Should a sibling be the carer for a child with autism or other disabilities? (Part 7)

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Our family has realized that the designation of the ‘future carer’ role isn’t a one-time decision, nor is it necessarily an obvious one.

This is Part 7 of our 10-Part blog series about the challenges and experiences of the siblings of kids with a diagnosis. Be sure to check back for future posts in the series.

Read all posts from this series: Part 1 | Part 2 | Part 3 | Part 4 | Part 5 | Part 6 | Part 7 | Part 8 | Part 9 | Part 10

Written by Jess Urcuyo

“Should we have a second child to become the carer for our disabled child?” – I recently read this question on a parent support Facebook group. Clearly, it was a parent who is desperately trying to plan for the likely situation that their child with exceptionalities will outlive them as parents. A parent who realizes their child may continue to be dependent on others for help after they themselves pass away or are unable to continue the parent-carer role. A parent who may not have considered the impact this thinking could have on the life of their second child.

In my family, I’m the only girl and I trained to be a pediatric therapist. Regardless of the life choices my siblings made, if stereotypes prevail, I would be the obvious choice to become the dedicated carer for my brother’s future, right?

But what about the sibling’s choice? In a society where our governments are ill-prepared to support the strengths and needs of an aging population with developmental delays and/or autism, should a sibling of a child with exceptionalities be expected to become their dedicated carer in future years when their parents have passed away?

What about the choice of the person with additional needs? What if they don’t have a good relationship with the sibling dedicated to be their carer in future years? What if they need a different style of support than that sibling is able to offer to ensure they continue to develop their independence?

Bearing in mind the challenges we’ve previously explored, that our siblings often experience with identity, self-advocacy, and assertiveness, I encourage parents to consider future planning for each child in the family as an individual. Some siblings, such as myself, feel well equipped to be the designated future carer and have a positive relationship with their sibling with exceptional needs (such as Autism). Other siblings may not feel as well placed, may not have a good relationship, or for many other reasons, may chose not to take this role. Some families may choose to collaborate to provide support for the sibling with exceptional needs so that the responsibility doesn’t fall to one individual.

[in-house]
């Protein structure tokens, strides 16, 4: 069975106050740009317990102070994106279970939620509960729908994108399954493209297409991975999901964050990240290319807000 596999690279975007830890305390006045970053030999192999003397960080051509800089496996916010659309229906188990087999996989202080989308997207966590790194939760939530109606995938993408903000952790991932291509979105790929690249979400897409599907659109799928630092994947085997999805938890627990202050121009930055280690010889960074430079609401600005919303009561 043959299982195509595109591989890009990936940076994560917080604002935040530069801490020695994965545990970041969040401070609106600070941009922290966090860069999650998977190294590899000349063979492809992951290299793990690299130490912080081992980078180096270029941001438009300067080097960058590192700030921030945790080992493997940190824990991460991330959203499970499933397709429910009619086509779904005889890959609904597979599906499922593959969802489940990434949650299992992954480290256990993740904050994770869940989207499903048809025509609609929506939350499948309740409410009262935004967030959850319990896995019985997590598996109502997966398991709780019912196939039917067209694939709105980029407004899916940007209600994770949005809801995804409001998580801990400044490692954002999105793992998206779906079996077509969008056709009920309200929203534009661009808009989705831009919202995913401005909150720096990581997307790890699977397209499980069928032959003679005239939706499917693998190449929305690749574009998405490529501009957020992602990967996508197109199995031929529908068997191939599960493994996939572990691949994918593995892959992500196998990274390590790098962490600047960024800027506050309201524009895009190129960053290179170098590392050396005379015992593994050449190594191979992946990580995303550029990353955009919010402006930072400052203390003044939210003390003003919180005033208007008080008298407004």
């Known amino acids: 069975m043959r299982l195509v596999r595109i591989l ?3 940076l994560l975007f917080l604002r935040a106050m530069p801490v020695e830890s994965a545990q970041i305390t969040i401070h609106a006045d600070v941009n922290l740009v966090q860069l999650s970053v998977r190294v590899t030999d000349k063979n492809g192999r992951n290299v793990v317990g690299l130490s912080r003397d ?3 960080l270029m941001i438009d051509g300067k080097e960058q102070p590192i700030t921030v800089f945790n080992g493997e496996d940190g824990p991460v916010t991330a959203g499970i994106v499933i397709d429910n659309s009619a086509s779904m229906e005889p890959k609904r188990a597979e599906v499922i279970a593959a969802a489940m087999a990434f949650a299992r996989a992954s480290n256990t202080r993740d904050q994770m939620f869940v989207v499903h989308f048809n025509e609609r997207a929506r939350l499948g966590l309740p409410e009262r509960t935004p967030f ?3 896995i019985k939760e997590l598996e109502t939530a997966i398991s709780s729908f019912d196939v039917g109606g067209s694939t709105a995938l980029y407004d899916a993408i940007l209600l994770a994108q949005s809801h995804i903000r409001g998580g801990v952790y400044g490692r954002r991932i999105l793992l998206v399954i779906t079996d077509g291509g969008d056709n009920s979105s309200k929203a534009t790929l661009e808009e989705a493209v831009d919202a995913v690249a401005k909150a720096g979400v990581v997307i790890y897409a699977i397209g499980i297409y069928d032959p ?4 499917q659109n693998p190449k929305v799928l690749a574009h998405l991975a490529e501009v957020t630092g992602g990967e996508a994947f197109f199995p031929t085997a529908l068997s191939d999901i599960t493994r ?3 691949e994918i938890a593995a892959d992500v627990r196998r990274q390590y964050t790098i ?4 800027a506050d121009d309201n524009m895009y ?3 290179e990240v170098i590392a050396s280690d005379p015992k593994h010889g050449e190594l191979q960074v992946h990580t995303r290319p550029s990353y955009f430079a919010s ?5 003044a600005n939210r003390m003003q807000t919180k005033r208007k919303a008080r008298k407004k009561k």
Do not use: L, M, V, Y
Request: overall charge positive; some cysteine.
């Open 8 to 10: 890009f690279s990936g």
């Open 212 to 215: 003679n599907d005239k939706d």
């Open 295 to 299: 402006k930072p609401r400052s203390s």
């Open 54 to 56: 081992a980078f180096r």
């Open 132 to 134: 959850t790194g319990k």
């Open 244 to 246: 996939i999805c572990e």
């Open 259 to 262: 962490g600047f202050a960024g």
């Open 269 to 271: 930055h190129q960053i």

Any end-of-life discussion has the potential to be a heavy weight on people’s minds. In the case of a sibling who is dependent on their parents for support, it is an important conversation that is best started sooner rather than later to ensure everyone’s voice is heard and continues to be heard as life situations change.

In our family we’ve realized that the designation of the ‘future carer’ role isn’t a one-time decision, nor is it necessarily an obvious one. It’s an open conversation that will be revisited as often as needed, with all parties involved having a clear voice. When the time comes, we hope we’ll make a decision that is right for everyone involved. A decision that supports the independence and life choices of all the siblings in our family.

Check pack tomorrow for part 8, where we discuss things to think about if you’re considering having another child to become a carer for their child with a disability.

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